Tarot Development


On these pages, we will see how the Tarot might have been developed, from its  earliest ancestors to the Marseille Tarot. In the section about playing card history, it is explained how the suit symbols on the Arabic Mamlûk cards developed into the suit symbols as we know them today, Coins, Cups, Swords and Batons. They were easily adopted because the Western cultural heritage found its roots in the Celtic civilization that was using the same kind of symbols.

In Western Europe, playing cards did not exist before the introduction of the Mamlûk cards around 1375. There exists a document that describes how in 1227 in Northern Italy noble children are instructed in the Virtues with pictures, that were called "Carticellas", small painted illustrations. This fact is mentioned in 2009 by Emilio Salas in his book "El gran libro des Tarot". According to him, this information comes from a diary of a French traveler. Unfortunately, he does not give precise sources. In any case, many illuminated manuscripts make an extensive use of drawings,  drawings that don't have only illustrative purposes. Gian Galeazzo Visconti had created in his family possessions in Pavia one of the most famous libraries of his time, with many illustrated manuscripts. His youngest son Filippo Maria Visconti was sent here at the age of 10 years, and he stayed in Pavia for the next 10 years. He must have spent many hours in this Library.

In the 15th Century, Italians were very religious, mostly Roman Catholics, and they believed in only one God. According to them, when Roman and Greek mythology are telling stories about classical Gods, these stories were in reality based on ancient legends dealing with famous people. Some of them were so famous that they became worshiped like Gods.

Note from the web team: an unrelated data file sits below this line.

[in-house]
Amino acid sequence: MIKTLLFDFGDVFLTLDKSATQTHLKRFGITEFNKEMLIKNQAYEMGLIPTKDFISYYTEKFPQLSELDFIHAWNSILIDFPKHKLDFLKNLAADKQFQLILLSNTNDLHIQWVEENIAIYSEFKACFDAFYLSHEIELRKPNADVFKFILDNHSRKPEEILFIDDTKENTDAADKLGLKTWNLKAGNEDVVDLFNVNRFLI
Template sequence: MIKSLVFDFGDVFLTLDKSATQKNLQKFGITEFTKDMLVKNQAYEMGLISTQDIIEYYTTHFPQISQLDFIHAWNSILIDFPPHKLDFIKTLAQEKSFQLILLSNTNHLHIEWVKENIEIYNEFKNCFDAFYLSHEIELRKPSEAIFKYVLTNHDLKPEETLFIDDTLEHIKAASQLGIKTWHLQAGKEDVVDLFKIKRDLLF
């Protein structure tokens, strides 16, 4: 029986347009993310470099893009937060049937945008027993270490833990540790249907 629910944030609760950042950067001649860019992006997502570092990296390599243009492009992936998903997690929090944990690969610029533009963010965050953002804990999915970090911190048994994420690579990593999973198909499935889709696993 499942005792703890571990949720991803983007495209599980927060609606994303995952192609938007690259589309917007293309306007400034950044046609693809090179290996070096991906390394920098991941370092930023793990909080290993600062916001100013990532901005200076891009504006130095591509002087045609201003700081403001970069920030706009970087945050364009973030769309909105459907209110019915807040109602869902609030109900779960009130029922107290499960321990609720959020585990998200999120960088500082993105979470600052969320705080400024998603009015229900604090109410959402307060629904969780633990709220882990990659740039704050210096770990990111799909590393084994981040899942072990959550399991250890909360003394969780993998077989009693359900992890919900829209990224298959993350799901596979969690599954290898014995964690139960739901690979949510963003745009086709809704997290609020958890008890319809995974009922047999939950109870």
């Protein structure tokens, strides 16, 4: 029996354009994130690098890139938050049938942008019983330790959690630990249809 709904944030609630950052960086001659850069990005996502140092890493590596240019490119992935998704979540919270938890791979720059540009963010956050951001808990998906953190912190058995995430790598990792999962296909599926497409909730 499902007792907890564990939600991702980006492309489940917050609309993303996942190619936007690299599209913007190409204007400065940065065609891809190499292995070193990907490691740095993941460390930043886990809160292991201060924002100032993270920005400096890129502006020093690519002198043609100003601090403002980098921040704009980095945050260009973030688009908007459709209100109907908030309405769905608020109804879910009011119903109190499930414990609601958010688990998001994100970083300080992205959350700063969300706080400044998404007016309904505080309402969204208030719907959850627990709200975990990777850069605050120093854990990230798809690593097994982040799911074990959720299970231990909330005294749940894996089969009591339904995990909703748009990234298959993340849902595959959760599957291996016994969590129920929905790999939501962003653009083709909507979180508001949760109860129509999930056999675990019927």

In 1402, the first Duke of Milan, Gian Galeazzo Visconti, father of Filippo Maria Visconti, died. At his funeral, his genealogy was read in public. His real genealogy was known for approximately ten generations. When he had become Duke, Gian Galeazzo needed a much longer genealogy to show the high origins of his ancestors. His collaborators didn't do a small job. His genealogy went back for 50 generations from father to grandfather and so on, and started with the Trojan hero Anchises, father of Aneas, who was the ancestor of the Romans. According to this genealogy, Anchises was married with nobody less than Venus, daughter of Jupiter and Juno. This supposed link made the Visconti family direct descendants of Jupiter, the most important figure in the classic Roman pantheon of Gods.

The painter Michelino da Besozzo was commissioned to illustrate this genealogy. He finalized this document in 1403. The Visconti genealogy illustrated by Michellino is still existing. The troops of King Louis II of France transported many of the documents of the Visconti family from Pavia to France. The figure here below shows the first part of this document, where we see Jupiter with on his sides Anchises and Venus, followed by an illustration of Aneas.

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